One of the selling points for Medicare is its reportedly low administrative costs, although the costs per beneficiary may not be so different from private insurance. (http://www.heritage.org/research/reports/2009/06/medicare-administrative-costs-are-higher-not-lower-than-for-private-insurance)
The next foray of the state into the health insurance realm is about to roll out, that being the state insurance exchanges which only some of the states are taking on. One of those states is California and the federal government is providing generous grants to the state to help set up the exchanges. These grants are amazingly generous as highlighted in a piece in Health care policy and marketplace review last week. (http://healthpolicyandmarket.blogspot.com/2013/03/the-cost-to-launch-california-health.html)
As noted in this blog:
Privately funded Esurance began its multi-product national web business in 1998 with an initial $5.5 million round of venture fund investment in 1999 and a second round of $34 million a few months later.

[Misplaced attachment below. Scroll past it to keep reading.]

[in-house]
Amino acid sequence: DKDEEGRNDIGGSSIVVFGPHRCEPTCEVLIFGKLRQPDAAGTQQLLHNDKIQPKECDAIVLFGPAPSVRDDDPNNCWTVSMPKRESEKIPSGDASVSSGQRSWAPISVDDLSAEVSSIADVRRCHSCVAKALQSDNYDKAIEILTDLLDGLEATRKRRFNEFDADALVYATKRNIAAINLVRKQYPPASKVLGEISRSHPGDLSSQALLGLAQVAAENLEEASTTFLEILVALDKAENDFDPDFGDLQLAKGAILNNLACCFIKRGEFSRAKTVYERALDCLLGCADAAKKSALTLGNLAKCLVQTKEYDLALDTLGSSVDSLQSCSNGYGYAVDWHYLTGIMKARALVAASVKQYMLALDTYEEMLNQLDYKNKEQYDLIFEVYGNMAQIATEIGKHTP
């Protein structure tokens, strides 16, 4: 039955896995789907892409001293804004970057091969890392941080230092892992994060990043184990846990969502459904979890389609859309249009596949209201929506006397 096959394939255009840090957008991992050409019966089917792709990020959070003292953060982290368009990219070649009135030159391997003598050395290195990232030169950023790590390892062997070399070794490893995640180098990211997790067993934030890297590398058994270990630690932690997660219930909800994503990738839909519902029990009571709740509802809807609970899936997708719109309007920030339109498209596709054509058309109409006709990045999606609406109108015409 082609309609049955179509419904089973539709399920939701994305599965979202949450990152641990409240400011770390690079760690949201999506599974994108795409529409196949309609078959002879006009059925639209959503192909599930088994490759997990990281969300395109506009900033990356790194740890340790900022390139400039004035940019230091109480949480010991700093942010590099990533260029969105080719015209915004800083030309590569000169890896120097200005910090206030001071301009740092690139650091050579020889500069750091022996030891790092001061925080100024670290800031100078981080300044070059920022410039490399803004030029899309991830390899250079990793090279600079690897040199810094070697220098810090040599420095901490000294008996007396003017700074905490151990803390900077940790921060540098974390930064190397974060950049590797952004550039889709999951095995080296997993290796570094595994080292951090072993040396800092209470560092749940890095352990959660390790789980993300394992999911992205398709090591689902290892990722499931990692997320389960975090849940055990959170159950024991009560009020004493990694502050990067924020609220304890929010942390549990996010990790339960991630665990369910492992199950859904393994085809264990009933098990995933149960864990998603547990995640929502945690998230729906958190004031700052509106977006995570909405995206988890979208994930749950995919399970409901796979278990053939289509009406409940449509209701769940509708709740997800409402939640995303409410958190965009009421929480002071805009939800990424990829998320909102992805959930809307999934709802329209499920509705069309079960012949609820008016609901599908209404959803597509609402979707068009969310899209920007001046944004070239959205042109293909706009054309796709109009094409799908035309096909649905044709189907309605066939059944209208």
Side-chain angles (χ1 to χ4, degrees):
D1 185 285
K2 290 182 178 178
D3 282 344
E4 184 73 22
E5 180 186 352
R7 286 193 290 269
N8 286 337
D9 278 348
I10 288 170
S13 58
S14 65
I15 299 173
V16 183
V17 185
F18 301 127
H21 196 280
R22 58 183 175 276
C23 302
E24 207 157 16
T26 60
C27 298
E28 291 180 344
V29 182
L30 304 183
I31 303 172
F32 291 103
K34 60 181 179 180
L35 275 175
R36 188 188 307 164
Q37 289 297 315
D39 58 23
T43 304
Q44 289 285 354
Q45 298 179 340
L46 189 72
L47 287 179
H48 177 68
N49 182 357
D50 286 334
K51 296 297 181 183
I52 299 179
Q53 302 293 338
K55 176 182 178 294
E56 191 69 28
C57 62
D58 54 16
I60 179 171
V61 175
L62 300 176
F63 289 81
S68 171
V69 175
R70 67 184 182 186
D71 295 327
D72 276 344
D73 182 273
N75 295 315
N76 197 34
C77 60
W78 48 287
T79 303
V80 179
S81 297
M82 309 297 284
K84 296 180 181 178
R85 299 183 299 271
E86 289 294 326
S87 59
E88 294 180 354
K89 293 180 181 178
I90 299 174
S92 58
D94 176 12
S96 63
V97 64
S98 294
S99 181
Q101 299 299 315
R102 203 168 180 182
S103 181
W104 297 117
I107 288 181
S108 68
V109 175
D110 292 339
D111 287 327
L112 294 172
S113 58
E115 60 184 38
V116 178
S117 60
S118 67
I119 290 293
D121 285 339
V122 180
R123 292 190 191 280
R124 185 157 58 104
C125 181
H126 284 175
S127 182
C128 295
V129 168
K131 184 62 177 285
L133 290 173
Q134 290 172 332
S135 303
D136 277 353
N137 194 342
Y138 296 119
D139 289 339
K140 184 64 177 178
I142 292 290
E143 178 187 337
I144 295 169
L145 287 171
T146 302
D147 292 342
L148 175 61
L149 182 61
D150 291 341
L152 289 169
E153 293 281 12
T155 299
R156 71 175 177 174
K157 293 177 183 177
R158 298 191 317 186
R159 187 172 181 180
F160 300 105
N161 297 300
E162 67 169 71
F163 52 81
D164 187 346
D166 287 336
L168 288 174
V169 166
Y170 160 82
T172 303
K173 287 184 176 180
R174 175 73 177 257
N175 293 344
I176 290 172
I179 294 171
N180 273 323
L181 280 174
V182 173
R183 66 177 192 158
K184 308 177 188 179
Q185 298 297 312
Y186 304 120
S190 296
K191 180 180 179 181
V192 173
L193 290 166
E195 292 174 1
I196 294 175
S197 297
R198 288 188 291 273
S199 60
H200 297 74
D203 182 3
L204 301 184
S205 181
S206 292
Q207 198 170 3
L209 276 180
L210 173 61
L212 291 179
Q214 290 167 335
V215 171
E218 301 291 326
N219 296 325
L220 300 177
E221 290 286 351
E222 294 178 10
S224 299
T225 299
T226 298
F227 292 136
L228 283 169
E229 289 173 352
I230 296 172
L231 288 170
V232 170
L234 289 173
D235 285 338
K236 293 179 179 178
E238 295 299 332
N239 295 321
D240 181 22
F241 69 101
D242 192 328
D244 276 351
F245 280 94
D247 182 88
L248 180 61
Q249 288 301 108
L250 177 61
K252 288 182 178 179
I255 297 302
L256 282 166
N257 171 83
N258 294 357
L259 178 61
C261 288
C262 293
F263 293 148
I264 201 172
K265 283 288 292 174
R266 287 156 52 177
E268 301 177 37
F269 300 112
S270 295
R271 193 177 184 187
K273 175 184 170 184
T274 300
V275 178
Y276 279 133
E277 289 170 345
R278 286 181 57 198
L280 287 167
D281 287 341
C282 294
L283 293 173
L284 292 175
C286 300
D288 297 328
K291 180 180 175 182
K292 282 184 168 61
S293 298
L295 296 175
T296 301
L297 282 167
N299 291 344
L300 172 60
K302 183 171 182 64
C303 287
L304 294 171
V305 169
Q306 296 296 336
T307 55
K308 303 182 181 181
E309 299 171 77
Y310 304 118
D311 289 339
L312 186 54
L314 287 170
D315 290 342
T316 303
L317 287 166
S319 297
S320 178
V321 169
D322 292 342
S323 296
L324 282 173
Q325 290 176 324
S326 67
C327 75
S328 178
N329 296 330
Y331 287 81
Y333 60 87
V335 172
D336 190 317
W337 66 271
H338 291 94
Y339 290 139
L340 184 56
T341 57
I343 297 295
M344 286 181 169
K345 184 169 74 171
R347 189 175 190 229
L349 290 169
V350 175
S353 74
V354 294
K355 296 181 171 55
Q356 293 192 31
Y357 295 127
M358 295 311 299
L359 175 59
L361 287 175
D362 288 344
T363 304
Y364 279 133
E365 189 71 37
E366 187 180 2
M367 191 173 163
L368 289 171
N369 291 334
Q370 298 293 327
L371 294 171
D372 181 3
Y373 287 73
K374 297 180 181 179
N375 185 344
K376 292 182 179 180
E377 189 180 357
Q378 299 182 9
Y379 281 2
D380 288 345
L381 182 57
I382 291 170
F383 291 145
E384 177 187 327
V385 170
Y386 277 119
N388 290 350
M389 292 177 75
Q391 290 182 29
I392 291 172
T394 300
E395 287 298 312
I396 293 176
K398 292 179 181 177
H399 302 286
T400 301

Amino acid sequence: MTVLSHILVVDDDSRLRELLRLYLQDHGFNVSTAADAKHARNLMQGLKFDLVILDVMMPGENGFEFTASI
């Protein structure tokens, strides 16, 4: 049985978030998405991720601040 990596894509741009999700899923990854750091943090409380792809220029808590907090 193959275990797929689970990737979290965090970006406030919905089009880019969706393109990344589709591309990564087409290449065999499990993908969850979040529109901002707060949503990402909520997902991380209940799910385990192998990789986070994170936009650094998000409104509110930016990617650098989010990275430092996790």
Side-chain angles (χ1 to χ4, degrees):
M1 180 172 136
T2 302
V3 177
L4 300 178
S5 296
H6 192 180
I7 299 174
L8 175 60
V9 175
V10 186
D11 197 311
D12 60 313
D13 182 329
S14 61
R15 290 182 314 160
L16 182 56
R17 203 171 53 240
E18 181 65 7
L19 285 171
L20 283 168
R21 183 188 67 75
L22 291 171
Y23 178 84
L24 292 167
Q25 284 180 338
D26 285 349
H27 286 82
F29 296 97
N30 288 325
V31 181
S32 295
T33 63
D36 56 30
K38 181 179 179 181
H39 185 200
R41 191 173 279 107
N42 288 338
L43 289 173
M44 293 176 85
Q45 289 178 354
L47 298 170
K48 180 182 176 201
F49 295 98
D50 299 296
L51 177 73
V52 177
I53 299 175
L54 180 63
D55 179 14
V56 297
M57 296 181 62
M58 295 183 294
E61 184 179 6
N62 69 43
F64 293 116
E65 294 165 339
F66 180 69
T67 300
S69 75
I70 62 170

The start-up experience of other major web companies is also instructive. Facebook received $13.7 million to launch in 2005. eBay was founded in 1995 and received its first venture money in 1997––$6.7 million.
Even doubling these investments for inflation still leaves quite a gap.
The California Exchange officials also say they need 20,000 part time enrollers to get everybody signed up––paying them $58 for each application. Having that many people out in the market creates quality control issues particularly when these people will be handling personal information like address, birth date, and social security number. California Blue Shield, by comparison has 5,000 employees serving 3.5 million members.
OMG..... This looks like walkin' around money. It will likely buy a lot of favors and loyalty but I am not sure that it will bring much value to those who need to purchase insurance.